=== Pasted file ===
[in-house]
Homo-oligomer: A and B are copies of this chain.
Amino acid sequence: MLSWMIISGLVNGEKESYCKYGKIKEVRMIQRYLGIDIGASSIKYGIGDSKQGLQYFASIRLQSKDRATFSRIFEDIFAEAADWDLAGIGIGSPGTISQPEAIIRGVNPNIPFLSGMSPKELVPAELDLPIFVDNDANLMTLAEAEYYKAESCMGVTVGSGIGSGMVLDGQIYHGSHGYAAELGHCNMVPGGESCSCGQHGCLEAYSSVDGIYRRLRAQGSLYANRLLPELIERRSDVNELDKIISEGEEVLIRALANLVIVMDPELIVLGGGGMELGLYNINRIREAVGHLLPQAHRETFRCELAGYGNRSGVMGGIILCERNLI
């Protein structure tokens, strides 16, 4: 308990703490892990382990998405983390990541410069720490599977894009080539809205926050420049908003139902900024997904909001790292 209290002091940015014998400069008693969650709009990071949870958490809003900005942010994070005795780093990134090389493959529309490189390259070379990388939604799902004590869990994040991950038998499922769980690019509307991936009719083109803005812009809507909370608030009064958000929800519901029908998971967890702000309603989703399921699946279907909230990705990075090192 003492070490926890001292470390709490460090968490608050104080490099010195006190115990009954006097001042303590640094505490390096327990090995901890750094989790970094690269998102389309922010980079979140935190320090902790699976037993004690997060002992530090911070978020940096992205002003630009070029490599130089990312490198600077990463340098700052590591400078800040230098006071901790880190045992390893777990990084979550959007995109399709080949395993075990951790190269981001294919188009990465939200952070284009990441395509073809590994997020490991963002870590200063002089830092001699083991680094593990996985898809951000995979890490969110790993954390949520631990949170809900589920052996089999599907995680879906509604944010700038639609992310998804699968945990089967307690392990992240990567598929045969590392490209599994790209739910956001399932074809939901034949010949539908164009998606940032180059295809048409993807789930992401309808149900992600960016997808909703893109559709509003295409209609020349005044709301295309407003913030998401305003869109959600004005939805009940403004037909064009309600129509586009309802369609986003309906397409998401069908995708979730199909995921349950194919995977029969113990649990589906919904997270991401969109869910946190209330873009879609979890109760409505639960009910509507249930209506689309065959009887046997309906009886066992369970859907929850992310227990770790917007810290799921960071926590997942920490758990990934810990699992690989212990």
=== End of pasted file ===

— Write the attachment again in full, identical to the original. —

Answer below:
[in-house]
Homo-oligomer: A and B are copies of this chain.
Amino acid sequence: MLSWMIISGLVNGEKESYCKYGKIKEVRMIQRYLGIDIGASSIKYGIGDSKQGLQYFASIRLQSKDRATFSRIFEDIFAEAADWDLAGIGIGSPGTISQPEAIIRGVNPNIPFLSGMSPKELVPAELDLPIFVDNDANLMTLAEAEYYKAESCMGVTVGSGIGSGMVLDGQIYHGSHGYAAELGHCNMVPGGESCSCGQHGCLEAYSSVDGIYRRLRAQGSLYANRLLPELIERRSDVNELDKIISEGEEVLIRALANLVIVMDPELIVLGGGGMELGLYNINRIREAVGHLLPQAHRETFRCELAGYGNRSGVMGGIILCERNLI
């Protein structure tokens, strides 16, 4: 308990703490892990382990998405983390990541410069720490599977894009080539809205926050420049908003139902900024997904909001790292 209290002091940015014998400069008693969650709009990071949870958490809003900005942010994070005795780093990134090389493959529309490189390259070379990388939604799902004590869990994040991950038998499922769980690019509307991936009719083109803005812009809507909370608030009064958000929800519901029908998971967890702000309603989703399921699946279907909230990705990075090192 003492070490926890001292470390709490460090968490608050104080490099010195006190115990009954006097001042303590640094505490390096327990090995901890750094989790970094690269998102389309922010980079979140935190320090902790699976037993004690997060002992530090911070978020940096992205002003630009070029490599130089990312490198600077990463340098700052590591400078800040230098006071901790880190045992390893777990990084979550959007995109399709080949395993075990951790190269981001294919188009990465939200952070284009990441395509073809590994997020490991963002870590200063002089830092001699083991680094593990996985898809951000995979890490969110790993954390949520631990949170809900589920052996089999599907995680879906509604944010700038639609992310998804699968945990089967307690392990992240990567598929045969590392490209599994790209739910956001399932074809939901034949010949539908164009998606940032180059295809048409993807789930992401309808149900992600960016997808909703893109559709509003295409209609020349005044709301295309407003913030998401305003869109959600004005939805009940403004037909064009309600129509586009309802369609986003309906397409998401069908995708979730199909995921349950194919995977029969113990649990589906919904997270991401969109869910946190209330873009879609979890109760409505639960009910509507249930209506689309065959009887046997309906009886066992369970859907929850992310227990770790917007810290799921960071926590997942920490758990990934810990699992690989212990």